The only way to score higher on critical reading questions is to assemble a series of practice questions that address the common elements of writing, as noted above. After reaching a consistent level of scoring with each type of question, a student can continue to perfect reading ability by expanding independently into newspapers, magazines, journals, or novels in order to become accustomed to less familiar forms of writing. Since this is not what is normally read on a daily basis, the commitment has to start weeks or even months before the examination in order to be of any benefit, especially true if reading does not factor into a daily routine. As a last resort, teaching guides found in bookstores, at the local library, or online can prove just as effective for most students whose goal is to score higher and; subsequently, to attend their first school of choice. For students who perform better academically with a mentor, private tutoring is always a more efficient approach to skill mastery. An effective mentor can not only accelerate the learning process, but also, instill discipline and motivation that, if adhered to, can extend to other course or training requirements.

Once the student has initiated an independent reading plan, the remainder of that study time can be devoted to knowing how the questions are phrased so that they can be answered appropriately. A standardized test will generally include questions that reflect whether the student is: comprehending, evaluating, applying, and synthesizing the subject matter. One type of question measures comprehension and is mainly phrased in the following manner: "In the context of the passage…" or "According to the passage..." The next type of question measures evaluation and is mainly phrased in the following manner: "The passage suggests that the author would most likely believe..." or "Which of the following assertions does the author support…" Another type of question measures application of concepts and is mainly phrased in the following manner: "The passage implies that..." or "The passage suggests that..." Lastly, questions that measure synthetic thinking are mainly phrased in the following manner: "Which of the following is MOST analogous to..." or "How does this new information SUPPORT the idea that..." Knowing the type of questions beforehand, how they are phrased, and where to look for the answer within the passage gives the student a remarkable advantage that will be reflected in the final score. At the very least, it will give the student enough time to return to questions left unanswered in a previous question or to spend more time on a complex reading passage for another chance to gain points.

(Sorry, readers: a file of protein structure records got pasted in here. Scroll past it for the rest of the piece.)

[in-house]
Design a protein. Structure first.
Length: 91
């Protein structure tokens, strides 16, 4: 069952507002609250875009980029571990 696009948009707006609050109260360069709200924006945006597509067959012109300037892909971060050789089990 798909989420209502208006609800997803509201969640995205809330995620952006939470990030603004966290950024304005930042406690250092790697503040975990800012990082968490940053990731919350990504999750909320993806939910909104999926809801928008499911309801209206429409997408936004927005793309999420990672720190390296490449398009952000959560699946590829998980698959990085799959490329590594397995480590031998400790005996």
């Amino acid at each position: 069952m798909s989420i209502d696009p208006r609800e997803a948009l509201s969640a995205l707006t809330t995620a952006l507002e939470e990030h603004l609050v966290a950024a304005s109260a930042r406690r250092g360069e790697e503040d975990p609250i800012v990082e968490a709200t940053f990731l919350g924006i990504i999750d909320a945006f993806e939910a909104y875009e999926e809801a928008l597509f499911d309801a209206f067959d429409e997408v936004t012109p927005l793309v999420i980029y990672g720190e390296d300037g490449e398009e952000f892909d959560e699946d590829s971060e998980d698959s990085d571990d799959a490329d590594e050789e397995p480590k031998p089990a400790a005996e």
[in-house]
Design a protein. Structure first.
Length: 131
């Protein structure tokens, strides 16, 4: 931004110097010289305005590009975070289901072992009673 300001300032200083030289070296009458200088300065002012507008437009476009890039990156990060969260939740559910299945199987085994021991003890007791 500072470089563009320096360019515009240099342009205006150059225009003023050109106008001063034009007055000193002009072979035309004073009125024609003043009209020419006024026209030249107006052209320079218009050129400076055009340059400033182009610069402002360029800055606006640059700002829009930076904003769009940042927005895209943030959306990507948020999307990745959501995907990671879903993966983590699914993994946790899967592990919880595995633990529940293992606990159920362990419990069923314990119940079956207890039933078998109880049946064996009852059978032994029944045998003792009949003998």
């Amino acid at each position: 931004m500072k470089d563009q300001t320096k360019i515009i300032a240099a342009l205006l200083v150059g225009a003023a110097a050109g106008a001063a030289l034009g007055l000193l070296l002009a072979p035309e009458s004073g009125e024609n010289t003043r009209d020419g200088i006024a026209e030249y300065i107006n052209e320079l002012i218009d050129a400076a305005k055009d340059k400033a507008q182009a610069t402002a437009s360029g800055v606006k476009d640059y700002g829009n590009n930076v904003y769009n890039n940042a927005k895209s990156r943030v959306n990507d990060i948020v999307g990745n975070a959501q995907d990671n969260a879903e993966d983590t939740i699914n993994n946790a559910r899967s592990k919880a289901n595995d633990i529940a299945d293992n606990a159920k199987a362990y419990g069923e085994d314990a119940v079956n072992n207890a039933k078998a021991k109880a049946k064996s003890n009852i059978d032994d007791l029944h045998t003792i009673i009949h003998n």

The MCAT is arguably the most rigorous testing instrument in the medical field. It can single-handedly determine the future of an applicant, academically and professionally. Its closest competition in pace and complexity is the GMAT for business and management prospects. But, the MCAT has always been characterized by its science requirement as well as the new entry into humanities-based inquiry. It is a sign of the times, in that, it no longer assumes that every applicant will venture into the laboratories or clinics of a hospital. Many others have their sight set on medical research or even collaboration with state-of-the-art pharmaceutical initiatives.

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This article has not been reviewed by Odyssey HQ and solely reflects the ideas and opinions of the creator.